It is also worth mentioning that if Chinese national gold holdings really only are in the vicinity of 1,600 tonnes, and that the Chinese state has been doing far less buying than many anticipated, then by default it means the Chinese citizenry have been doing more buying than might have originally been anticipated.
At the end of the day, we know that thousands of tonnes have been shipped into China in the past few years, and we also know that China is now the largest miner of gold.
We’re quite certain that the gold imported and mined hasn’t been thrown away, so if the state wasn’t buying it, someone or a group of someone’s, clearly has been.
Finally, it pays to remember the game that China is playing. At present, getting the yuan included as part of the SDR is a major priority, therefore announcing respectable but not threatening levels of national gold reserves, and not doing anything to potentially cause gold prices to rise makes plenty of sense from a Chinese perspective.
But don’t forget for a minute the long-term plan, which Song Xin of the China Gold Association has alluded to previously, that being the accumulation of at least 8,500 tonnes of gold over time to at least match/exceed the United States sovereign gold reserve.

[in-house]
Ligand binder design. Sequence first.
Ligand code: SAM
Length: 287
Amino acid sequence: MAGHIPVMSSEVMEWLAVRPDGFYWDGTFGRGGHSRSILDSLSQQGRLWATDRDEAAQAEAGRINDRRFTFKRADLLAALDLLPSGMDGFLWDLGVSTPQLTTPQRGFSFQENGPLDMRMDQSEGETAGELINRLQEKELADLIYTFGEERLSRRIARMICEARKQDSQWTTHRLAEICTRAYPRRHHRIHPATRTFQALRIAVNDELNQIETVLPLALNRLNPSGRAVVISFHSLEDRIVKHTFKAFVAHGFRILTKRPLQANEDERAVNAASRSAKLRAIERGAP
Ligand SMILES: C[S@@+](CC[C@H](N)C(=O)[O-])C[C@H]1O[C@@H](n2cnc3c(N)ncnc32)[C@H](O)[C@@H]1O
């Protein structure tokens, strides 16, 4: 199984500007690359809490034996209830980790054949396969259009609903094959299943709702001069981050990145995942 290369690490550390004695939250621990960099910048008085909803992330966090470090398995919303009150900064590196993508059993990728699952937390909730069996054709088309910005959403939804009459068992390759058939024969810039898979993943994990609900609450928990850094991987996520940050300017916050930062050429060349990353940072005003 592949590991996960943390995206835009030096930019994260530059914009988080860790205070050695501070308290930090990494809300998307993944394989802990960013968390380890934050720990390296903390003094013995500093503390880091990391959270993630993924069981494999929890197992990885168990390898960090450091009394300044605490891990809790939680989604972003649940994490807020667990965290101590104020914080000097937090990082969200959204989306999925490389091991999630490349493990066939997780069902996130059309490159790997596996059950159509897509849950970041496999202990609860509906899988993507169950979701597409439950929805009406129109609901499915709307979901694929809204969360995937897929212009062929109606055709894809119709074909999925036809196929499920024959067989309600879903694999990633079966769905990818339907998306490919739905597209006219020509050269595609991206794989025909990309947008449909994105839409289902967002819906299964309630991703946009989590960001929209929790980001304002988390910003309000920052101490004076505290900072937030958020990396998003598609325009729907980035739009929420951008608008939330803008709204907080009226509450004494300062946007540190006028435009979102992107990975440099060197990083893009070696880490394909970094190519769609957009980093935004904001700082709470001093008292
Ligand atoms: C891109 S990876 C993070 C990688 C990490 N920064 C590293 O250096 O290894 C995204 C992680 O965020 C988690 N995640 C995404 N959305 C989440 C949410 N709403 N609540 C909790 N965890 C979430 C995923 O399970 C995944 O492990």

Bottom line: China will be a net buyer, and a net importer of physical gold for years to come. In and of itself that won’t necessarily cause a sharp rally in gold prices anytime soon, but gold acquisition from the Chinese state and her citizens, as well as emerging market central banks the world over will continue to provide support for the physical gold market.
Those that have sold gold in the past few days (and there have been plenty in the ETF and futures markets) as a result of the “disappointing” number out of China may have just caused the capitulation event that typically marks the bottom of any bear market.
The Death of Gold
And so we come to the “Death of Gold”, a headline we saw earlier in the week accompanying a story about a particular ASX Stock that had soared 400%, alongside a sales pitch for investors imploring them to part with their hard earned cash for more stock tips. This headline capped off a week of unanimously bearish stories on the future prospects for gold, just some of which we’ve included below as images.